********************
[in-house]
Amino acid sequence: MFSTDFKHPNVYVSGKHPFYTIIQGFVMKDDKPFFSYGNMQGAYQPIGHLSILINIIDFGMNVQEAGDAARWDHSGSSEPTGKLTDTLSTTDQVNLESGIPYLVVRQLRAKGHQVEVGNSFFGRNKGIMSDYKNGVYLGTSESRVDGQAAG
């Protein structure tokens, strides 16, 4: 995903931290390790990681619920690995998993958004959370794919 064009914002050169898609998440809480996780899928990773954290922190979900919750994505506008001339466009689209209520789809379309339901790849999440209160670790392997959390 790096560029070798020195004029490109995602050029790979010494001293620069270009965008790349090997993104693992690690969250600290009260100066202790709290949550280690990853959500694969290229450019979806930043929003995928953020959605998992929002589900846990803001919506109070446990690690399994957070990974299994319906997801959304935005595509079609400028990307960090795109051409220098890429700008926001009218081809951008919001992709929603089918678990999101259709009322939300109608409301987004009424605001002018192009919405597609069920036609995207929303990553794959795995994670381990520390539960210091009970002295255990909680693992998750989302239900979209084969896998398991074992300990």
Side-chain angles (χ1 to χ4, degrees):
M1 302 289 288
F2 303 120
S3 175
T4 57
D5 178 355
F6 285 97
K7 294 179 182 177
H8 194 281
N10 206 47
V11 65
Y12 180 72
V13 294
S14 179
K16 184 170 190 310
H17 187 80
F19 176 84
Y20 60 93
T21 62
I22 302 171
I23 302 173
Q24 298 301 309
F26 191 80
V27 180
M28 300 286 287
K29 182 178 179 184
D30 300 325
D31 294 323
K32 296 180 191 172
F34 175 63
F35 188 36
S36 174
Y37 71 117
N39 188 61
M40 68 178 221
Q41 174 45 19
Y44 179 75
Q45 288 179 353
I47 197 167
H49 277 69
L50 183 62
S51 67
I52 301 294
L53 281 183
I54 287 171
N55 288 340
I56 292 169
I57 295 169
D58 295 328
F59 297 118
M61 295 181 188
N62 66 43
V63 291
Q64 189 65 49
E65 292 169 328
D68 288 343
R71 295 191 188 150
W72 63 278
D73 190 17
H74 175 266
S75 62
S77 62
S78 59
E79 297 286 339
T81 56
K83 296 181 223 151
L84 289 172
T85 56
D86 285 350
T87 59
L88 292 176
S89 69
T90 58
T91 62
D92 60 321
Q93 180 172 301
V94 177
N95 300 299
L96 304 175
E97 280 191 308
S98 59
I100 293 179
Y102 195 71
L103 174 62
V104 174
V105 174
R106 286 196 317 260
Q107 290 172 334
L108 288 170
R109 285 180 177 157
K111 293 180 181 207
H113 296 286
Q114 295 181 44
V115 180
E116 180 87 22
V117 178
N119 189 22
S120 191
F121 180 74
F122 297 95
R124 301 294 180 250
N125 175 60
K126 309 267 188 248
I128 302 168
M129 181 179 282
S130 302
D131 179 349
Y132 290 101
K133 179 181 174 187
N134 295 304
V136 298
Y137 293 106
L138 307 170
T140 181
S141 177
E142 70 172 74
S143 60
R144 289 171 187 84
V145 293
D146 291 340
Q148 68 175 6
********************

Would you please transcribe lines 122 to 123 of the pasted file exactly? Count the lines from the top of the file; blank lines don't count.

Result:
V145 293
D146 291 340